When composer and multi-instrumentalist Toshi Reagon first received a copy of Octavia E. Butler’s “Parable of the Sower,” she was already familiar with the late author’s work. But something about it was more disturbing than his other novels. It was present and immediate and what Reagon called “strangely available.”
Written in 1993, the opening pages of “Parable of the Sower” introduce readers to a Southern California ravaged by the violence of climate disasters and the evils of corruption and capitalism. “With a lot of his other books, you can formulate a distance from history,” Reagon explained. “It could be about aliens and stuff, and as you read it you find yourself in it. But the parable, right from the start, like the first page, I was like, ‘ It’s… I don’t know.’ »
She quickly discovered it. And then she wrote an opera about it.
Reagon’s “Parable of the Sower”, with music and a libretto co-written by his mother Bernice Johnson Reagon, had its world premiere in Abu Dhabi in November 2017. It opens in Boston next week, from April 21 to April 24, by way of Arts Emerson.
Opera adaptations have many creative and logistical hurdles to jump through, and “Parable of the Sower” is no exception. Although Butler’s award-winning novel isn’t what you’d consider a long book (the first edition is 299 pages), it’s laden with uncomfortable themes and a narrative format tied to the protagonist’s new religious movement, Earthseed. “We just knew it couldn’t be, like, five o’clock,” Reagon said. “But Octavia is brilliant and she told the story really well. We followed her instructions.
Musically, Reagon draws on the deep history of Negro Spiritual, tying it to the preacher of a father’s story, using it in a way that represents the long African-American past. She designed the protagonist, Lauren Olamina, so that her voice moves across the spectrum of black music, taking the audience “through time” along the way. A trio of characters called “talents” (including one played by Reagon herself) are functional storytellers. As they operate out of time, they can sing however they want, regardless of idiomatic musical anachronism.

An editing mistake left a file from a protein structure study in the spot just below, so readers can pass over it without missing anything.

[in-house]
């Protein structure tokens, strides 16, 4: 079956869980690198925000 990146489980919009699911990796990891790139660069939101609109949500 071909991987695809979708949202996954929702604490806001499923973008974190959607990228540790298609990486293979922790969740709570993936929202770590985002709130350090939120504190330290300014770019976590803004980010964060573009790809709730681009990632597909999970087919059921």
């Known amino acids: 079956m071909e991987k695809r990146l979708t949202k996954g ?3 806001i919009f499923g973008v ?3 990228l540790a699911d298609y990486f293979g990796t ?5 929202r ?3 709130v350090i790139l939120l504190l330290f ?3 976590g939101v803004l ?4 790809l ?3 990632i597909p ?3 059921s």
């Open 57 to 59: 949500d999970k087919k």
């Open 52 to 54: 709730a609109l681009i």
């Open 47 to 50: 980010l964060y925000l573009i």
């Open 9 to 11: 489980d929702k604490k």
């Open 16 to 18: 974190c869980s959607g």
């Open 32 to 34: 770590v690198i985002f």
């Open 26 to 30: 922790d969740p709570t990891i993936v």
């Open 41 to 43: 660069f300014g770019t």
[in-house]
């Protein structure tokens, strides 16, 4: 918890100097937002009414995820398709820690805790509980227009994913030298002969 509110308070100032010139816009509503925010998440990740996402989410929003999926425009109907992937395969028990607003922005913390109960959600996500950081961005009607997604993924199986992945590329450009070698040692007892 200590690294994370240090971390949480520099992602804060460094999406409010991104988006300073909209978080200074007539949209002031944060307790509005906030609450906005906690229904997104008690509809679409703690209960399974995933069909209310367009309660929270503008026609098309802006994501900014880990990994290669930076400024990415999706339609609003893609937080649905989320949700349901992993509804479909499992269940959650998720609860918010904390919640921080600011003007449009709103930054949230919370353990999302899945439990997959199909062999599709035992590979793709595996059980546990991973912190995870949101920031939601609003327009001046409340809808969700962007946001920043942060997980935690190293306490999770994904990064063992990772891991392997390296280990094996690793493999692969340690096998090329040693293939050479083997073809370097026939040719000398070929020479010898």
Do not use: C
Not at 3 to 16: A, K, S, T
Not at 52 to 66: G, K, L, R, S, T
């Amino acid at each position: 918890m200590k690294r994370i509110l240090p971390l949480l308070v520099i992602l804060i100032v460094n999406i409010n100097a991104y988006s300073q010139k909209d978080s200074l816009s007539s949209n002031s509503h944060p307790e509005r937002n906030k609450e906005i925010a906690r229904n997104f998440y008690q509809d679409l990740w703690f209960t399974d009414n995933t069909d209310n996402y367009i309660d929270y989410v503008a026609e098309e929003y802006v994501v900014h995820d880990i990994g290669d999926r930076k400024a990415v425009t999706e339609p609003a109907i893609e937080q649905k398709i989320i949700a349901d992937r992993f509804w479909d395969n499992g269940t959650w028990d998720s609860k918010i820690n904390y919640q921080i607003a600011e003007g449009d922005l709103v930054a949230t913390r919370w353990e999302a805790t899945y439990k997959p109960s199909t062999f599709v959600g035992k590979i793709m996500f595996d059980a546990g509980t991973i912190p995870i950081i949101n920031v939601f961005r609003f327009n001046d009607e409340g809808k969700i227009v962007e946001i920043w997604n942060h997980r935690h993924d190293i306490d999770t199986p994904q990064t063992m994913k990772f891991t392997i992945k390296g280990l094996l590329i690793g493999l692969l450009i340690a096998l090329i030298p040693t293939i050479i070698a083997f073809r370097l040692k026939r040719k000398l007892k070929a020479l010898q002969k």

The result is what Reagon calls a “congregational opera”. It’s far from an orderly or practical genre description, but as she explained to Minnesota Public Radio in 2019, “it really describes what we’re trying to do, which is that everyone world – the audience, the actors and the music – occupy a space and an energy together, and to take this unity as an opportunity.
The existence of “Parable of the Sower” as an opera is also tied to Bernice Johnson Reagon, Toshi’s mother. Born in southwest Georgia in 1942, she was an active part of the embodiment of the civil rights movement in the 1960s. She was a founding member of the Freedom Singers, a vocal quartet whose performers supported a number of civil rights campaigns, including those of the Student Nonviolent Coordinating Committee. In the 1970s, Bernice Johnson Reagon earned her doctorate. from Howard University, where she also worked with the Smithsonian Institute’s Folklife Festival. She was the musical director of the DC Black Repertory, whose space housed independent theater and dance companies.
This wave of musical and community activity was the basis of the Washington, D.C. in which Toshi Reagon would be raised. “Now I realize how amazing it was,” recalls Toshi Reagon. “All these young black artists creating works together, it’s fantastic. I could see things start from a very small place and eventually end up on a stage, and run night after night. I loved this when I was a kid. So I already kind of had a feeling that you could tell any story you wanted, it was just about bringing the community together to do it.
Now she has a crew of around 30 and is ready to bring “Parable of the Sower” back to a post-lockdown world. It’s tempting to draw parallels between the new COVID-era production, set amid war, random acts of violence, and a climate crisis, and the dark setting of Butler’s novel. Reagon, however, makes no such comparison – because the plagues of the world are nothing new. “Humans are just a little ridiculous about the truth of their existence,” the composer said. “We are wonderful, but we are the most destructive force on the planet. It’s us. They are human beings. And [we have an] inability to retain certain simple truths about the fact that we are literally earthlings – like everything that breathes and lives here. Like, we’re no different than grass.
As long as humans remain human, this world will always be an appropriate planetary location for a “parable of the sower.”
ArtsEmerson Presents “Parable of the Sower” April 21-24 at the Emerson Cultler Majestic Theater